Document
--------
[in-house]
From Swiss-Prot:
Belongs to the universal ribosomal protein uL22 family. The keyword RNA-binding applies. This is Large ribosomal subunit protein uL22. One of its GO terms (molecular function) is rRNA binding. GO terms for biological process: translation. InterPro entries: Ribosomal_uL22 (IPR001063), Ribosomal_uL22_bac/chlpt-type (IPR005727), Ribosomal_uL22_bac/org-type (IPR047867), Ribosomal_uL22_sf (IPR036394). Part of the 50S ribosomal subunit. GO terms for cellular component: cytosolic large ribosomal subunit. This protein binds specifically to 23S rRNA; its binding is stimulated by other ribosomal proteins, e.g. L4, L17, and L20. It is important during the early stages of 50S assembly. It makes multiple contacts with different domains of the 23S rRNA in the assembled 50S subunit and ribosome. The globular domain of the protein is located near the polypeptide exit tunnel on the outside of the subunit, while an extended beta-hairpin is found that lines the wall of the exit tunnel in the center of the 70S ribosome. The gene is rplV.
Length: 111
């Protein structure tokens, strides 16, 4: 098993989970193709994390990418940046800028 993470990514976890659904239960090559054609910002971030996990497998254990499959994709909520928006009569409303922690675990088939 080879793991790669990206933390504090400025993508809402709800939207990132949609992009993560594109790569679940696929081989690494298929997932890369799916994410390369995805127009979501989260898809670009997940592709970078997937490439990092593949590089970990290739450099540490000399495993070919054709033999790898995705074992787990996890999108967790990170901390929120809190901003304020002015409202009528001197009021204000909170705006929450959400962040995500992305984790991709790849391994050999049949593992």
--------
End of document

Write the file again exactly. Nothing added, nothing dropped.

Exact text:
[in-house]
From Swiss-Prot:
Belongs to the universal ribosomal protein uL22 family. The keyword RNA-binding applies. This is Large ribosomal subunit protein uL22. One of its GO terms (molecular function) is rRNA binding. GO terms for biological process: translation. InterPro entries: Ribosomal_uL22 (IPR001063), Ribosomal_uL22_bac/chlpt-type (IPR005727), Ribosomal_uL22_bac/org-type (IPR047867), Ribosomal_uL22_sf (IPR036394). Part of the 50S ribosomal subunit. GO terms for cellular component: cytosolic large ribosomal subunit. This protein binds specifically to 23S rRNA; its binding is stimulated by other ribosomal proteins, e.g. L4, L17, and L20. It is important during the early stages of 50S assembly. It makes multiple contacts with different domains of the 23S rRNA in the assembled 50S subunit and ribosome. The globular domain of the protein is located near the polypeptide exit tunnel on the outside of the subunit, while an extended beta-hairpin is found that lines the wall of the exit tunnel in the center of the 70S ribosome. The gene is rplV.
Length: 111
């Protein structure tokens, strides 16, 4: 098993989970193709994390990418940046800028 993470990514976890659904239960090559054609910002971030996990497998254990499959994709909520928006009569409303922690675990088939 080879793991790669990206933390504090400025993508809402709800939207990132949609992009993560594109790569679940696929081989690494298929997932890369799916994410390369995805127009979501989260898809670009997940592709970078997937490439990092593949590089970990290739450099540490000399495993070919054709033999790898995705074992787990996890999108967790990170901390929120809190901003304020002015409202009528001197009021204000909170705006929450959400962040995500992305984790991709790849391994050999049949593992």